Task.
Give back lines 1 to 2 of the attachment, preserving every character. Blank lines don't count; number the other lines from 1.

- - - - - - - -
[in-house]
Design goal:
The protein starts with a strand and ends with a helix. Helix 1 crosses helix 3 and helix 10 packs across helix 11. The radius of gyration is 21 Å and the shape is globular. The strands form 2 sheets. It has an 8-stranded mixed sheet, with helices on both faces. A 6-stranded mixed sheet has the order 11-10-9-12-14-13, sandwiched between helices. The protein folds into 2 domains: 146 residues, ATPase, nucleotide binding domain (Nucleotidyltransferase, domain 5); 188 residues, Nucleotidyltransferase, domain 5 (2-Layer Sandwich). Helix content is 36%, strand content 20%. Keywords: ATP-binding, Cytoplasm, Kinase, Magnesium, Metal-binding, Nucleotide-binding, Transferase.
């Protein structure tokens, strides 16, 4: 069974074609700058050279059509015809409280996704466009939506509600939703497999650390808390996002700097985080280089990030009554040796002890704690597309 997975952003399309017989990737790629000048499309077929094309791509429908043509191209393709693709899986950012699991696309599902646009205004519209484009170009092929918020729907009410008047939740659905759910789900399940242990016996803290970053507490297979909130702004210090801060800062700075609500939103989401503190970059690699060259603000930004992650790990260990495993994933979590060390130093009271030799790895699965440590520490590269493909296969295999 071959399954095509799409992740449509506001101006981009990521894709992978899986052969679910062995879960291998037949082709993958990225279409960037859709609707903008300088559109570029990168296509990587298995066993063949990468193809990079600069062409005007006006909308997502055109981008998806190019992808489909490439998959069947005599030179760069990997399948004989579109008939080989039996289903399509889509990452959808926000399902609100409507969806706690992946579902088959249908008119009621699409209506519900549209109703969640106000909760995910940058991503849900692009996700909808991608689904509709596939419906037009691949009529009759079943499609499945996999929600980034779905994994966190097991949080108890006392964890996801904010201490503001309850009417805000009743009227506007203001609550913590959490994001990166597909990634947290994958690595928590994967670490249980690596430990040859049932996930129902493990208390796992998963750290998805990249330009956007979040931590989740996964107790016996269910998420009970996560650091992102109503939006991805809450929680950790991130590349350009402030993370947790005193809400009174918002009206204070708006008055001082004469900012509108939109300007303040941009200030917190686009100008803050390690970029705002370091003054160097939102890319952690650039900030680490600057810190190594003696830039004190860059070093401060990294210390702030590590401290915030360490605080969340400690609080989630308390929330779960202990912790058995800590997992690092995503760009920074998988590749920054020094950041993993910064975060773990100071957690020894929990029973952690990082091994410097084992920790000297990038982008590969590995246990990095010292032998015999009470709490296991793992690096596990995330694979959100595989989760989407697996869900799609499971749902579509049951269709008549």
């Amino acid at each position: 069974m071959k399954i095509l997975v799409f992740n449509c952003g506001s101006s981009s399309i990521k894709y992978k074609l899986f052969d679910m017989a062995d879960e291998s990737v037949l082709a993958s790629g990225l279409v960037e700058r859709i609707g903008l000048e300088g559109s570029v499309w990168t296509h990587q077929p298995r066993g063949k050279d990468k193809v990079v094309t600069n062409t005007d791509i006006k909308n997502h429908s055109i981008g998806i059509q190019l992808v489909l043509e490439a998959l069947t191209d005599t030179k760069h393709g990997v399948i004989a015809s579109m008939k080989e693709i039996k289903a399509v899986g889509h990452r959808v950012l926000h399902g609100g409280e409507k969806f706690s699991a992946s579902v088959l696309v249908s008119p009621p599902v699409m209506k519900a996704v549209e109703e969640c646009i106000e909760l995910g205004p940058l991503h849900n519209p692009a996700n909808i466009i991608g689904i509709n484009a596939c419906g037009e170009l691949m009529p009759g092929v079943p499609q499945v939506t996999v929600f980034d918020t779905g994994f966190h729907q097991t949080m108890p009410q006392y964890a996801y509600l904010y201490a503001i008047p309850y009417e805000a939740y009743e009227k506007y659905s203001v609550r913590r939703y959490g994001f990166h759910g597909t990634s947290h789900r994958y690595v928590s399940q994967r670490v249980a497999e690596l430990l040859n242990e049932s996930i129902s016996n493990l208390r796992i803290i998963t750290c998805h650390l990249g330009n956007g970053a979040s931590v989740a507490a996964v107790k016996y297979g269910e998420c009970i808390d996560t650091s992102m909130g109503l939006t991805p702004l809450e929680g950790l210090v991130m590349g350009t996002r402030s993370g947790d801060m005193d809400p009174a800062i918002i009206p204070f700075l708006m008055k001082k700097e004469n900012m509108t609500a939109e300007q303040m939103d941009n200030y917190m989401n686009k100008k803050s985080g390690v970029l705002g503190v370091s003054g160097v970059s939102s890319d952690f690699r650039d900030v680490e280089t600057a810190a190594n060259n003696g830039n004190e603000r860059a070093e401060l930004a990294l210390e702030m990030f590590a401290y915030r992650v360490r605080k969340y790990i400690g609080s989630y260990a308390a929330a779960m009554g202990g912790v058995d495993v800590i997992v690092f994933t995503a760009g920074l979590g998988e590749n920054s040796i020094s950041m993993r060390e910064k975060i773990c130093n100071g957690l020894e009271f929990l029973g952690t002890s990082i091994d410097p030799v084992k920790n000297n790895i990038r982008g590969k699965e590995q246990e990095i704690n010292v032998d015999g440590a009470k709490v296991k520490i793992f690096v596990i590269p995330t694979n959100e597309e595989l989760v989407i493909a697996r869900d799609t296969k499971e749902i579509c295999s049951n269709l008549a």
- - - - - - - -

[in-house]
Design goal: